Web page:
Task 9: Normal Mode Analysis

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Revision as of 19:03, 9 August 2011 by Meier (talk | contribs) (Anisotropic Network Model web server)

There are several forces acting within a protein. Most of these forces have one or more equilibrium states. In reality the protein is flexible. That means, that the atoms of the system swing around these equilibrium states. These swinging around the equilibrium states can be approximated by the harmonic approximation. The forces can then be replaced by a less complex system of springs. With this model it is possible to calculate large motions of the protein by Normal Mode Analysis.

In opposite to Molecular Dynamics this is very fast and it is not a simulation it is a calculation of possible simple and large motions.

In this task we want to try several servers, which calculate normal mode analysis. A detailed description of the task can be found here. For most runs we used the structure 1J8U for our protein PAH. In the case of the all-atom NMA we used a smaller protein to test the server and this kind of approach.


The server WEBnm@ uses only the C-alpha atoms to calculate the normal modes. The calculations are performed using the Molecular Modelling Toolkit with the C-alpha force field.

The used input format is very easy (see below).

PAH WEbnma input field.png


The server offers different statistics and visualizations to the performed NMA calculation.

  • An atomic displacement analysis plots the displacement of each C-alpha atom, therefore one can inspect the parts of the protein, which are the most displaced for each mode. These plots are shown for PAH below.
  • Mode visualization and vector field analysis. The vector field representation of the modes shows the directions and (relative) amplitude of the displacements undergone by different parts of the protein as vectors. The visualization and the vector field analysis can be downloaded as vmd-files. But these files seem to be broken. The mode visualizations of PAH are shown below.

Plots of atomic displacement

Mode 7

PAH WEBNMA Mode7plot.png

Mode 8

PAH WEBNMA Mode8plot.png

Mode 9

PAH WEBNMA Mode9plot.png

Mode 10

PAH WEBNMA Mode10plot.png

Mode 11

PAH WEBNMA Mode11plot.png

Visualization of Normal Modes

Mode 7

PAH webnma Mode7.gif

Mode 8

PAH webnma Mode8.gif

Mode 9

PAH webnma Mode9.gif

Mode 10

PAH webnma Mode10.gif

Mode 11

PAH webnma Mode11.gif


ElNemo is a webserver using the Elastic Network Model to calculate the normal modes of proteins (Tirion, 1996; Tama et al., 2000; Delarue and Sanejouand, 2002). The Elastic Network is a network model of a protein. Usually the nodes in this network are the C-alpha atoms and the edges are the interactions within the protein simulated as springs. This approach sufficient to calculate the low-frequency normal modes of a protein.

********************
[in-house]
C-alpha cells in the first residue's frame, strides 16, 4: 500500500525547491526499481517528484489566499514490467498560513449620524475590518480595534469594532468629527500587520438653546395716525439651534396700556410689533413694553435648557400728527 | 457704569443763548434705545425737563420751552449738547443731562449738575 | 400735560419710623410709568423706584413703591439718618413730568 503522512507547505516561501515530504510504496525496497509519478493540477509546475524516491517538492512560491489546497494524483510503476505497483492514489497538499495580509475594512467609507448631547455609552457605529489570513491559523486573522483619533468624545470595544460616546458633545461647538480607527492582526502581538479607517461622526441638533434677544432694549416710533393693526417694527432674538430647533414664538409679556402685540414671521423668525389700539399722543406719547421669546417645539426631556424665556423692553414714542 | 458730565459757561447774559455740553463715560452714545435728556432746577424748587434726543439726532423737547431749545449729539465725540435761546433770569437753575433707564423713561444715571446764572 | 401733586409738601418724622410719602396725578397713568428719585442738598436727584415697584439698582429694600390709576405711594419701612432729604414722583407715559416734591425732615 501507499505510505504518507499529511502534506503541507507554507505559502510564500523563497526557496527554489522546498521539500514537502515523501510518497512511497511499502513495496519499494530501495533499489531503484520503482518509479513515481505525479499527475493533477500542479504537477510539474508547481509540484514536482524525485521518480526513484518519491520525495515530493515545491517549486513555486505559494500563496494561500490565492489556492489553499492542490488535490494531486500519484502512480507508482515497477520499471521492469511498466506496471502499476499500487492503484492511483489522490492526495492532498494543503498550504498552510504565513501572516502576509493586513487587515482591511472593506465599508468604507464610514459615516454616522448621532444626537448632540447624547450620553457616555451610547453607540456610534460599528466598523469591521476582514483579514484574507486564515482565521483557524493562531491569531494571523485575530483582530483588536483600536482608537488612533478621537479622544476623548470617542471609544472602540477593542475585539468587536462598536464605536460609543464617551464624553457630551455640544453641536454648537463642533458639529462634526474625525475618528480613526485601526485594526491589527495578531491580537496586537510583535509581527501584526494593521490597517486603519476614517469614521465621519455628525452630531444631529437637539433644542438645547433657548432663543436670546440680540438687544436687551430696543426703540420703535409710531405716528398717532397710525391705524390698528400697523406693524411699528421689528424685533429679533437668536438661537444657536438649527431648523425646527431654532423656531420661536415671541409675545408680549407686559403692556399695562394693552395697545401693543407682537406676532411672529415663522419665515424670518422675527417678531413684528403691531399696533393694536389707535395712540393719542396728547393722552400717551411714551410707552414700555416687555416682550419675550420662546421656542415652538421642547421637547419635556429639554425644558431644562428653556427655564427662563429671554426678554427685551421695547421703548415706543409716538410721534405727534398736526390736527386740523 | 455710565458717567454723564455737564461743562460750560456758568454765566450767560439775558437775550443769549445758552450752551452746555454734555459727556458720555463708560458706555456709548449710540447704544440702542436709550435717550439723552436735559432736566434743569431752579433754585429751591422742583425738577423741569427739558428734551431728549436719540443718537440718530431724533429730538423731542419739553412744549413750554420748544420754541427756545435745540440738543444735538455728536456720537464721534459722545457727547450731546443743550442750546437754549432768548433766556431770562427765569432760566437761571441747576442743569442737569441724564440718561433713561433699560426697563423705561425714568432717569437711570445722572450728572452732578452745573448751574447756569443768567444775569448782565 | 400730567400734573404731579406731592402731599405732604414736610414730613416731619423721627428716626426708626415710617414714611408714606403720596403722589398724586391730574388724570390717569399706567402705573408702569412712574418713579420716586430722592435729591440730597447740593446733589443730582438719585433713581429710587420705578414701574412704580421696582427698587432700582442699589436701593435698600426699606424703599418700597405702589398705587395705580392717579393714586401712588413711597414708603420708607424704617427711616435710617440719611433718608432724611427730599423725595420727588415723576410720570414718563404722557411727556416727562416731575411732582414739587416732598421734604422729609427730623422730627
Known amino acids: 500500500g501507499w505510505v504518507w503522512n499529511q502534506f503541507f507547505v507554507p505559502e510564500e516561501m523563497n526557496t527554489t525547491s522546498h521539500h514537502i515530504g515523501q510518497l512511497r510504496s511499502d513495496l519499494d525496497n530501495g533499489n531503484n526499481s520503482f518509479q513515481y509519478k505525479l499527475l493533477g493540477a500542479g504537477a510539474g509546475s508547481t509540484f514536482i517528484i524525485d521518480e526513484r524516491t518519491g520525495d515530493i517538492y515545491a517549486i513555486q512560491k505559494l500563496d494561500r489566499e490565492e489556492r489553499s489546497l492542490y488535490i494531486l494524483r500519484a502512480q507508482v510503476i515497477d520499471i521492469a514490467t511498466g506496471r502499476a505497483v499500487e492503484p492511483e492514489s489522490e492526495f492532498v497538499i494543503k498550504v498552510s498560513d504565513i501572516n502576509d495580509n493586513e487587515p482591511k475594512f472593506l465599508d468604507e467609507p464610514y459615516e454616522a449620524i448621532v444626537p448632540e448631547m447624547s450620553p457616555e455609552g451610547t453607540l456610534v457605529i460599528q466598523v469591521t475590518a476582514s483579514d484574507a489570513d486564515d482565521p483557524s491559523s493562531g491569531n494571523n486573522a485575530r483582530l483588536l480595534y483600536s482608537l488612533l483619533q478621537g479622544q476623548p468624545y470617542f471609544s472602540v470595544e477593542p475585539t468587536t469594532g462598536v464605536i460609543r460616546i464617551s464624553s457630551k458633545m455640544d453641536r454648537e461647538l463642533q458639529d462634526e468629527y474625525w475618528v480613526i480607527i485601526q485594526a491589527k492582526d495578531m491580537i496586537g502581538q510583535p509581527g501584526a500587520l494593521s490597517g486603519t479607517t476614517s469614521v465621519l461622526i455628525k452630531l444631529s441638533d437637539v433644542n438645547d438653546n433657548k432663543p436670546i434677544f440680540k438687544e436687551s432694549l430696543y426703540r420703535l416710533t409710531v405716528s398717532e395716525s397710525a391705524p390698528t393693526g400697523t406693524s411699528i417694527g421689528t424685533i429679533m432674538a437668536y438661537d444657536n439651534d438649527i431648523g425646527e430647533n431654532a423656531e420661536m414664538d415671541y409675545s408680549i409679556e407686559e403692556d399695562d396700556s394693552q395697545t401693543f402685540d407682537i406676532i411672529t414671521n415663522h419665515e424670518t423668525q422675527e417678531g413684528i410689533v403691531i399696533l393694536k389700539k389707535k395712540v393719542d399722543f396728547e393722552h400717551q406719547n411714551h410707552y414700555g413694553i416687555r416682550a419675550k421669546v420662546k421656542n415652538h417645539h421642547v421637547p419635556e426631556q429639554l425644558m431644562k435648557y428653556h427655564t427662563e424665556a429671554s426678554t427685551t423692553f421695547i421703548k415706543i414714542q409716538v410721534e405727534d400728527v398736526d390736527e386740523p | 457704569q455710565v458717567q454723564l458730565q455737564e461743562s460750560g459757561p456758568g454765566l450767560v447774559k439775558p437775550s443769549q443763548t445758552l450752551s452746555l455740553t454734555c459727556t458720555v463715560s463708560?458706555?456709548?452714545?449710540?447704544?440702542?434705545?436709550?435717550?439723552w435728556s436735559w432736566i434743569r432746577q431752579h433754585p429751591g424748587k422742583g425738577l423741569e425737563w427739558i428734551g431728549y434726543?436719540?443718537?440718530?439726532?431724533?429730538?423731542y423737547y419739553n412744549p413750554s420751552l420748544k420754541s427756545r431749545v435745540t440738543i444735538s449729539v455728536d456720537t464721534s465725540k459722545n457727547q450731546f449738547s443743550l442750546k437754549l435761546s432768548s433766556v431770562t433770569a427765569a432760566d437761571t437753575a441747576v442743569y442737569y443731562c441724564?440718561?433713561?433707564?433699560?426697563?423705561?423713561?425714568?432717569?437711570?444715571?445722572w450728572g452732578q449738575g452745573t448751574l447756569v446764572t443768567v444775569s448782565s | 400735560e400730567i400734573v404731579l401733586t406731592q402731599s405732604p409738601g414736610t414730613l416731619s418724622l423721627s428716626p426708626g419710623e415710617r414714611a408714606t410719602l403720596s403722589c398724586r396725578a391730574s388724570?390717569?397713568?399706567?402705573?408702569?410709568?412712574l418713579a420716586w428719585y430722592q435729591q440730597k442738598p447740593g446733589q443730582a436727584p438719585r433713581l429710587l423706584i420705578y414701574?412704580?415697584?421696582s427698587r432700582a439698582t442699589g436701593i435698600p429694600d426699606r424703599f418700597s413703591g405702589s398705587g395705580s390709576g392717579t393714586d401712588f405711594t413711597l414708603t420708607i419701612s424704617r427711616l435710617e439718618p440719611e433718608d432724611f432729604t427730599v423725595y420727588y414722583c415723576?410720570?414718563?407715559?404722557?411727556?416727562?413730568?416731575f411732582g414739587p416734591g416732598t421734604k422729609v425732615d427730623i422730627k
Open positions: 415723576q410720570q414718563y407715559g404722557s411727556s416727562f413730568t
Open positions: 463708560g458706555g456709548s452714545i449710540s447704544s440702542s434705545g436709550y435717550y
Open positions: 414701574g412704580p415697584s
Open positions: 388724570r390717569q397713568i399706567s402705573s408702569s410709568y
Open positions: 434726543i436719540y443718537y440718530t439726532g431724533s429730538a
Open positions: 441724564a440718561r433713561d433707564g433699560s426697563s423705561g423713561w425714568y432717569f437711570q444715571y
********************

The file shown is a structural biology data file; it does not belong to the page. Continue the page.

The input form of elNemo seems to be not that simple at the first glance. The form is splitted in several subsections.

In the basic section you just have to define the protein structure by file or by copy-and-paste of the atom-section. Additionally one should define a job-title and specify an e-mail address. The e-mail address is useful, because the jobs need usually some time.

PAH elnemo basic input field.png

In the supplementary section you can define how many slow modes you want to see. Additionally you can define the number of structures calculated for each mode by defining the maximum and minimum amplitude and the step of amplitude.

PAH elnemo supplementary input field.png

The comparing section can be used to define a second conformation of the protein. elNemo calculates then the contribution of each normal mode to the second structure.

PAH elnemo comparing input field.png

The last section is for experts. Here you can define the granularity of the elastic network model. That means you can define the size of the substructures used for nodes and the threshold for interactions used as edges.

PAH elnemo expert input field.png

Compared to the default settings we just changed the cutoff for interactions to 15 Angstrom in the expert section.



Low Collectivity of Mode 4:


Visualization of Normal Modes

Mode 7

PAH ELNEMO Mode7 1.gif PAH ELNEMO Mode7 2.gif PAH ELNEMO Mode7 3.gif

Mode 8

PAH ELNEMO Mode8 1.gif PAH ELNEMO Mode8 2.gif PAH ELNEMO Mode8 3.gif

Mode 9

PAH ELNEMO Mode9 1.gif PAH ELNEMO Mode9 2.gif PAH ELNEMO Mode9 3.gif

Mode 10

PAH ELNEMO Mode10 1.gif PAH ELNEMO Mode10 2.gif PAH ELNEMO Mode10 3.gif

Mode 11

PAH ELNEMO Mode11 1.gif PAH ELNEMO Mode11 2.gif PAH ELNEMO Mode11 3.gif

Anisotropic Network Model web server

The Anisotropic Network Model web server is a web server for the calculation of the normal modes of proteins. This web server uses the Anisotropic network model (ANM) for the calculation of the normal modes (Bahar et al., 2000; Bahar et al., 2001). The ANM is a kind of Elastic Network. In this concrete case each node is the Cα atom of a residue and the edges are interactions between interacting nodes. Two nodes are interacting if their distance is below a certain threshold. The interactions are calculated by harmonic potentials. In contrast to the Gaussian Network Model the orientation of each interaction is considered in the calculation of the normal modes.

The input form of the server is very simple. Besides the definition of the used initial protein structure, one just has to/can define the cutoff distance for interactions and a distance weight. The distance weight adjusts the correlation between calculated and experimental b-factors.

PAH ANMA input.png

In our case we just adjusted the weight factor to 4.


Visualization of Normal Modes

Mode 1

PAH ANMA Mode1.gif

Mode 2

PAH ANMA Mode2.gif

Mode 3

PAH ANMA Mode3.gif

Mode 4

PAH ANMA Mode4.gif

Mode 5

PAH ANMA Mode5.gif

oGNM – Gaussian network model


All-atom NMA using Gromacs on the NOMAD-Ref server